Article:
So, the food was moderately all right. However, the various dishes arrived with great time gaps between them. The burger arrived last, perhaps 20 minutes or more after the beet salad. Tapas is sharing food, and it becomes difficult when there is only one dish at a time. The waitress was cheery, but that didn’t help the food come in any better order. And $25 a head without any drinks also takes it out of the cheap eats category.

Finally, it was very busy. The noise level was high enough when we arrived and somehow became even louder as the evening progressed.

I am afraid this place isn’t going to make it to our list of favourite and regular haunts. The Zomato rating site gives it 3 out of 5 which sounds about right.

 


Changes On The Drive #67

March 1, 2017

It was a typical February/March day this morning; cool and grey — pretty good for walking!  There were very few changes this month.

South of First, there were no changes that I could see, except that The Drive Smoke Shop at 2064 is now open.

2277 (1 month), 2240 (19 months), 1801 (1 month), 1740 (5 months), and 1735 Commercial (1 month) are all still vacant.

1706 Commercial is also still vacant (3 months) with the Bubble Tea shop still not yet open. Around the corner at 1706 E. 1st, that too is vacant as the cupcake store has not yet re-opened there.

North of First, in Il Mercato Mall, the former Strawberry Bakery site is still vacant after 26 months. There are still offices for rent upstairs, too.

Nothing much has changed at 1608, the Libra Room. The place is still papered over and the Opening Soon signs are still there, but the fact is it has been closed now for 7 months.  However, upstairs, some of the apartments look like they are now tenanted.  The Roma at 1510 is also still closed, after 4 months, with Opening Soon signs garlanding the windows but no other signs of life.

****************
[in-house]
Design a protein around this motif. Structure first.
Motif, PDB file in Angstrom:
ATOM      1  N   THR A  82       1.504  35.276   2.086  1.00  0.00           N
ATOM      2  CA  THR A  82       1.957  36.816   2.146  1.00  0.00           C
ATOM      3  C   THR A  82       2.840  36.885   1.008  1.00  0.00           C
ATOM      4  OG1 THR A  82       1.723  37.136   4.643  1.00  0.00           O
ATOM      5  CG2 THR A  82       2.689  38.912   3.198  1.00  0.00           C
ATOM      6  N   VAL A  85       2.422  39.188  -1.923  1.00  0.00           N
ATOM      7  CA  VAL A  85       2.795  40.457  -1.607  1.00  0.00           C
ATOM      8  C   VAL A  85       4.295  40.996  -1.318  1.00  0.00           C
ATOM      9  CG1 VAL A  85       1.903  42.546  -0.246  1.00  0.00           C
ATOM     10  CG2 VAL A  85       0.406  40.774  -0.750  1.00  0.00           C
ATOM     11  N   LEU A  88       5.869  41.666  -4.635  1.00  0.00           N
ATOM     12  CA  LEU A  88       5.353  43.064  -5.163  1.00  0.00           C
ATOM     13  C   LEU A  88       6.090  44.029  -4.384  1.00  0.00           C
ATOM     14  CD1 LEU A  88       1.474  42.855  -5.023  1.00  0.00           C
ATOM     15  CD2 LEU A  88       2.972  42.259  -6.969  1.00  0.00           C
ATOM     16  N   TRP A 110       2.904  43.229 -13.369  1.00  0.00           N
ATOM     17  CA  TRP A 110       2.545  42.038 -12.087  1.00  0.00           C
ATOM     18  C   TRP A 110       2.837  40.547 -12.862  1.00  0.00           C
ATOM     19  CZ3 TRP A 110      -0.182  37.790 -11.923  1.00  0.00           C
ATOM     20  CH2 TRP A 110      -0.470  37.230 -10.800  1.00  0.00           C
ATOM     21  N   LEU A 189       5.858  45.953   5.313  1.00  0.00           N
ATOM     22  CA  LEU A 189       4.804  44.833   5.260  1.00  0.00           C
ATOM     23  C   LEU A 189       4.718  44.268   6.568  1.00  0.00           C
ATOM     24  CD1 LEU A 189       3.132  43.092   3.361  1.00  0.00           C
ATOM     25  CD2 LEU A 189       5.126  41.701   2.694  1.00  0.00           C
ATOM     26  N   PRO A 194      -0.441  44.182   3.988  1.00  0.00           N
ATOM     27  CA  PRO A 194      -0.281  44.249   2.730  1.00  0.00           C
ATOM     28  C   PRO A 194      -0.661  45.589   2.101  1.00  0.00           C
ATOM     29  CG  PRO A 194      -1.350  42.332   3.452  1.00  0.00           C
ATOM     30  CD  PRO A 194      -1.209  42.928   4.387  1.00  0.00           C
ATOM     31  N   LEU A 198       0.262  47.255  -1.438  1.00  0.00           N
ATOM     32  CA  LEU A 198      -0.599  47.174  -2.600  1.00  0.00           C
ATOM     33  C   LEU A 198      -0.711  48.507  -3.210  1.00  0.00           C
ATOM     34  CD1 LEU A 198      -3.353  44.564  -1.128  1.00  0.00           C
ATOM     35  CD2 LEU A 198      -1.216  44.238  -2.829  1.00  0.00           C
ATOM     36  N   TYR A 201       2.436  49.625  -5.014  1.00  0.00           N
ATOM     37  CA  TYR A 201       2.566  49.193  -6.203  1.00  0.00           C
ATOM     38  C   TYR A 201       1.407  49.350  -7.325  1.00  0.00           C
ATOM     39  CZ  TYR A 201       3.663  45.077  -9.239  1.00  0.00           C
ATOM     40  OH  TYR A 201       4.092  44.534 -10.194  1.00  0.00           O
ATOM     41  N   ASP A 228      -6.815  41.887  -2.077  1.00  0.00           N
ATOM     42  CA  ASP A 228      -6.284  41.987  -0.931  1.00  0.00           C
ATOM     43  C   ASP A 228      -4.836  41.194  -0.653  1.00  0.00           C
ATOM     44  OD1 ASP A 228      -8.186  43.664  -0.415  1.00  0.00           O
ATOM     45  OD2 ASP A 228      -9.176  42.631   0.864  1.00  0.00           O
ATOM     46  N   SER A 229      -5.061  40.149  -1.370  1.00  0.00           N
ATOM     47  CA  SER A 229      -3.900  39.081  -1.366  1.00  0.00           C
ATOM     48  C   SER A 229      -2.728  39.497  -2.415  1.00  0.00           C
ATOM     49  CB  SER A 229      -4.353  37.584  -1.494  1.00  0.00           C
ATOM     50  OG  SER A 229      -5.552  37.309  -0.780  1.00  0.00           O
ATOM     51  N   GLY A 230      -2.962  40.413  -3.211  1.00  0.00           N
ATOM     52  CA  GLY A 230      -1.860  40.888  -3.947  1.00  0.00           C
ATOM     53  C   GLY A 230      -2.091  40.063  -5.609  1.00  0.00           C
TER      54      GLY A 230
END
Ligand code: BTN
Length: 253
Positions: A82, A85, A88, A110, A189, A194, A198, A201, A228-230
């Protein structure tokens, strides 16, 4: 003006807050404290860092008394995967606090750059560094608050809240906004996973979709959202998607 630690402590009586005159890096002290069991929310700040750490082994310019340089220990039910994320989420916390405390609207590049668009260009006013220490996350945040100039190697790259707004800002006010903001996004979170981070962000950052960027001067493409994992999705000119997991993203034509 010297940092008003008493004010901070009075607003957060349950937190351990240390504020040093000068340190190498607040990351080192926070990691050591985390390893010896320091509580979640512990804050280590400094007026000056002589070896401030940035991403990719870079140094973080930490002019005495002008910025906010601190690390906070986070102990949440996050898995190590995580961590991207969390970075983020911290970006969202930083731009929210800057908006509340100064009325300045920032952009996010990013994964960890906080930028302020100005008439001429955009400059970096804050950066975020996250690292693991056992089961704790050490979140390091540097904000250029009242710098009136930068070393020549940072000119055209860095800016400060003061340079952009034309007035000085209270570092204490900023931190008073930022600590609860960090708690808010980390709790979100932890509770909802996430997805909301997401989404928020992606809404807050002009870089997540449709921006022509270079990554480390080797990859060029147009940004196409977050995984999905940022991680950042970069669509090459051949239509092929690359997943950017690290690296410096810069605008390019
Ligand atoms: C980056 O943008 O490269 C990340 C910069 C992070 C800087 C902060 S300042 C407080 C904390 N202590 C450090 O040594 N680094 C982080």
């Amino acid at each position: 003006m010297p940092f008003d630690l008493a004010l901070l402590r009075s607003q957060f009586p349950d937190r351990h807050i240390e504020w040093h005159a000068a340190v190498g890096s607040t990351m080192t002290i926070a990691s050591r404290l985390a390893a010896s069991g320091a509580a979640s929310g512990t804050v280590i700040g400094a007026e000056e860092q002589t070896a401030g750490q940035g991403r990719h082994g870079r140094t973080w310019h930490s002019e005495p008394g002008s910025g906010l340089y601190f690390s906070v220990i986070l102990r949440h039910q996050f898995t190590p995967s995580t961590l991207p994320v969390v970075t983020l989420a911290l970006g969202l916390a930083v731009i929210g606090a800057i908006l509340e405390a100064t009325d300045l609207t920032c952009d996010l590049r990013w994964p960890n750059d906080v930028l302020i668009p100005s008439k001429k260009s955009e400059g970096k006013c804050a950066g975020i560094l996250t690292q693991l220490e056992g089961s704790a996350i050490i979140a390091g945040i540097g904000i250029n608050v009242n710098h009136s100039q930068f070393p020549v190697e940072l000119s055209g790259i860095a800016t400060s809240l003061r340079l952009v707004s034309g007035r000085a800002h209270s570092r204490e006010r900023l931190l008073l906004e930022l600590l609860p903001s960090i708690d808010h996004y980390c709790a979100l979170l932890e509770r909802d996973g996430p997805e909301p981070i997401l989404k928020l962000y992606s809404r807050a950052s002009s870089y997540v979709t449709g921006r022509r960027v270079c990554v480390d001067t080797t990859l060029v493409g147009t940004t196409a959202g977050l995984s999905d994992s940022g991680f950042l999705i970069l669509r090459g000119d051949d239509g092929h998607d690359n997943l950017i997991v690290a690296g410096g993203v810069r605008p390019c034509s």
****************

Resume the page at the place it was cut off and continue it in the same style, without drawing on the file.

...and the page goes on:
The Charlatan bar at 1447 Commercial is closed, too, but this is for renovations and they will be back open “in the spring”.

Across the street, there is a lot of activity. The former Bikes On the Drive double storefront at 1376 (vacant 2 months) is being completely rebuilt inside.

bikes

So too is the Pagoda at 1408: after sitting idle for 7 months, workman are hammering away inside and I saw new appliances being delivered today — a hopeful sign.

The small store next to Renzo’s Cafe at 1303 Commercial is vacant (5 months).

Having only opened in August, the ramen restaurant at 1179 is closed once again, but signs are hopeful they will “open soon” (seems to be this month’s refrain!)

The REACH rebuild in the 1100-block is moving ahead steadily. They had the back lane closed off this morning for some heavy-duty work.

reach

At the northern end of the Drive, 1104 (34 months), 952 (6 months), and 902 Commercial (22 months) are all still vacant. With regard to 1104, I called the agent and he tells me they are looking for $4,000 a month for that tiny store. When I suggested that might be why it had been vacant so long, he gave me the telephone equivalent of a shrug.

Finally — after all these vacant notices — I want to say that at least five businesses have “Help Wanted” signs in their windows which must be good news.

 

Previous Changes on the Drive editions are here.


GW Area Council AGM

February 28, 2017

The Annual General Meeting of the Grandview Woodland Area Council is coming up this weekend:

 

Sunday 5th March, 2:00pm